1390 Windmill Lane, Ottawa, ON, K1B 4V5




These roses are an excellent choice for anyone who wants something special for their rose collection.  These roses have an interesting petal formation and a strong fragrance.  They are somewhat more hardy than hybrid teas but should still be protected over winter.

Abraham Darby: peachy pink

Guy de Maupassant: pink

Toulouse Lautrec:  lemon yellow

Wenlock: deep scarlet

Winchester Cathedral: pure white



These roses are spectacular for covering fences, walls, gazebos, etc.  They do need to be protected over winter.  Some of the canes may need to be trained, but they are productive for more than two seasons and often become thick and woody.

Blaze: medium red

Climbing Chrysler Imperial: dark red

Golden Showers: yellow

New Dawn:  light pink

Peace:  yellow with a pink edge

White Dawn:  white


  Floribunda n

Floribundas are distinguished from hybrid teas because they bear their flowers in large, dense clusters with many blooms opening simultaneously.  They tend to be more vigorous and tolerant than hybrid teas but they still need to be protected as much over winter

Amber Queen: apricot gold

Angel Face:  lavender blush

Circus: yellow/pink & peach

Garnette: red

Iceberg: white

Singing in the Rain: apricot

Sunsprite: yellow


Flower Carpet

These roses are popular because of their hardiness and disease resistance.  They are low growing, like a ground cover and flower from summer to late fall.  Ideal for slopes or mass plantings.  Available in seven colours, pink, white, appleblossom, red, scarlet, yellow, and coral


Grandiflora roses are similar to Hybrid Teas but the flowers will be larger or produced in clusters on long stems.  The flowers are typically high centred and fragrant and can be used as cut flowers.  They are constantly in bloom.  They will need to be protected over winter as much as the Hybrid Teas.

Aquarius:  soft pale pink

Crimson Bouquet:  bright red

Gold Medal: coppery yellow

Love: white inside, red outside

Pink Parfait: pink/salmon/apricot

Sundowner: golden apricot


  Hybrid Tear

These roses are very popular and have gorgeous flowers in the classic cut flower formation.  Hybrid Tea roses are cultivars bred to produce large double flowers, singly, or in small groups.  They are not very hardy and need to be heavily protected over winter.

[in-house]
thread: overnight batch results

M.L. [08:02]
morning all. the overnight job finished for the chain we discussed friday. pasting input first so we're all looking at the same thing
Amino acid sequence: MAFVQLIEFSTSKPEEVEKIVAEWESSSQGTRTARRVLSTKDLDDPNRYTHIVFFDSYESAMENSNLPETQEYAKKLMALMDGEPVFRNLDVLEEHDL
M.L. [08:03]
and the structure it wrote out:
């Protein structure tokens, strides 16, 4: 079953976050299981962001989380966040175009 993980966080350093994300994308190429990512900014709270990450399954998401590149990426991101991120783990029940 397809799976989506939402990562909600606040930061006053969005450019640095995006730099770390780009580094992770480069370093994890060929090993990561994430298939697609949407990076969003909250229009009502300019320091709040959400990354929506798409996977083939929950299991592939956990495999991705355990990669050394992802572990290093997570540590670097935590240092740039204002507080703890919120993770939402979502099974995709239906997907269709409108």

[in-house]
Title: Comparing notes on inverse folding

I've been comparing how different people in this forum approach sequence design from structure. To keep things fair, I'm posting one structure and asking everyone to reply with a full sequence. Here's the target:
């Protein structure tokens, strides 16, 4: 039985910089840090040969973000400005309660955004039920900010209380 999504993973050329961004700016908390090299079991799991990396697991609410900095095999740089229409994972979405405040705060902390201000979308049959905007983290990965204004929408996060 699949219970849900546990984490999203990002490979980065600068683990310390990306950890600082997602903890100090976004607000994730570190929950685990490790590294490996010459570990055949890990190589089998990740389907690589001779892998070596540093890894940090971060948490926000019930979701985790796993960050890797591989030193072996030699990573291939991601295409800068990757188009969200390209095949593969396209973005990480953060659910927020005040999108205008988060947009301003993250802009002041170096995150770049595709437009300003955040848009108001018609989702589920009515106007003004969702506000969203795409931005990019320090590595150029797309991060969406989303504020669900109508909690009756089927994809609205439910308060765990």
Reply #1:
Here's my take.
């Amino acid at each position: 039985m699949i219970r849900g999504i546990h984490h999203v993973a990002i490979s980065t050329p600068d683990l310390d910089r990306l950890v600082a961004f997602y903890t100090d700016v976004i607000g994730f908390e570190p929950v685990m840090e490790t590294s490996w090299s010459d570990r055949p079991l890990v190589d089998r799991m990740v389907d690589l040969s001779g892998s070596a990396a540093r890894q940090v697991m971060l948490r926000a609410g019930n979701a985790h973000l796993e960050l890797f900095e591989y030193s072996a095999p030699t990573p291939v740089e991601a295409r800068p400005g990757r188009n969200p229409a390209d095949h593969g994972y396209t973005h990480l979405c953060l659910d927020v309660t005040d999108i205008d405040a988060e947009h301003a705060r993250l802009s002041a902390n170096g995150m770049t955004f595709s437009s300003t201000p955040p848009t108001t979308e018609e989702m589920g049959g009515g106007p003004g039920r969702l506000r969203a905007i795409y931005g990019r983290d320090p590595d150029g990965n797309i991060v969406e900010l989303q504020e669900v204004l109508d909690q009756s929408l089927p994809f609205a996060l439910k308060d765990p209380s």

Anastasia: white

Christian Dior: clear red

Esmerelda: medium pink

Garden Party: blush pink

Honor: white

Midas Touch: golden

  Miniature c

These roses are hardy own root miniatures and are ideal as a border.  Most grow under 60cm and are ideal for small spaces.  They should be winter protected but are a lot hardier than the Hybrid tea type roses.

Beauty Secret:  cherry red

Janna: pink

Starina: coral pink

Sun Sprinkles: yellow

Tootie: double pink



This rose group consists of a variety of different types of roses.  Shrub roses are easy to grow and generally are very hardy.  They can be either compact or large and usually have thorny stems.  The newer varieties have good disease resistance.  This group includes the Explorer, Parkland, and Rugosa series of roses.

Explorer roses were developed by Agriculture Canada to withstand longer winters and colder climates.  They have long lasting blooms that repeat throughout the season.

Alexander McKenzie: magenta

Champlain: red

David Thompson: pink

Henry Hudson: white

J.P. Connell: yellow

Parkland roses are as own root hardy as the Explorer series and are very good growers in our climate.  This group includes the Morden and Pavement series.

Adelaide Hoodless: red

Golden Wings: yellow

Morden Blush: light pink

Morden Sunrise: yellow w/ orange

Purple Pavement: purple


Rugosa roses are more vigorous in northern, cooler climates.  They are the most thorny, fragrant, and disease resistant category of roses.  Most will bear red rose hips for winter display.

Blanc de Coubert: white

Hansa: reddish violet

Hunter: red

Theresa Bugnet: pink

Topaz Jewel: yellow



Roses are easy to plant, and when doing so you should ensure that the hole is twice as large around as the pot, and about 50% deeper than the pot.  Add bone meal to the bottom of the hole and some fresh soil mix comprised of black earth, peat moss, and compost.  Ensure the roots are well spread and you plant the rose so that it is planted just at the crown where the branches all branch out.  Add a little mulch around the rose as if to make a bowl that will help to keep the water within it’s boundaries.  Be sure to water the newly planted rose with a transplanter fertilizer directly after planting it.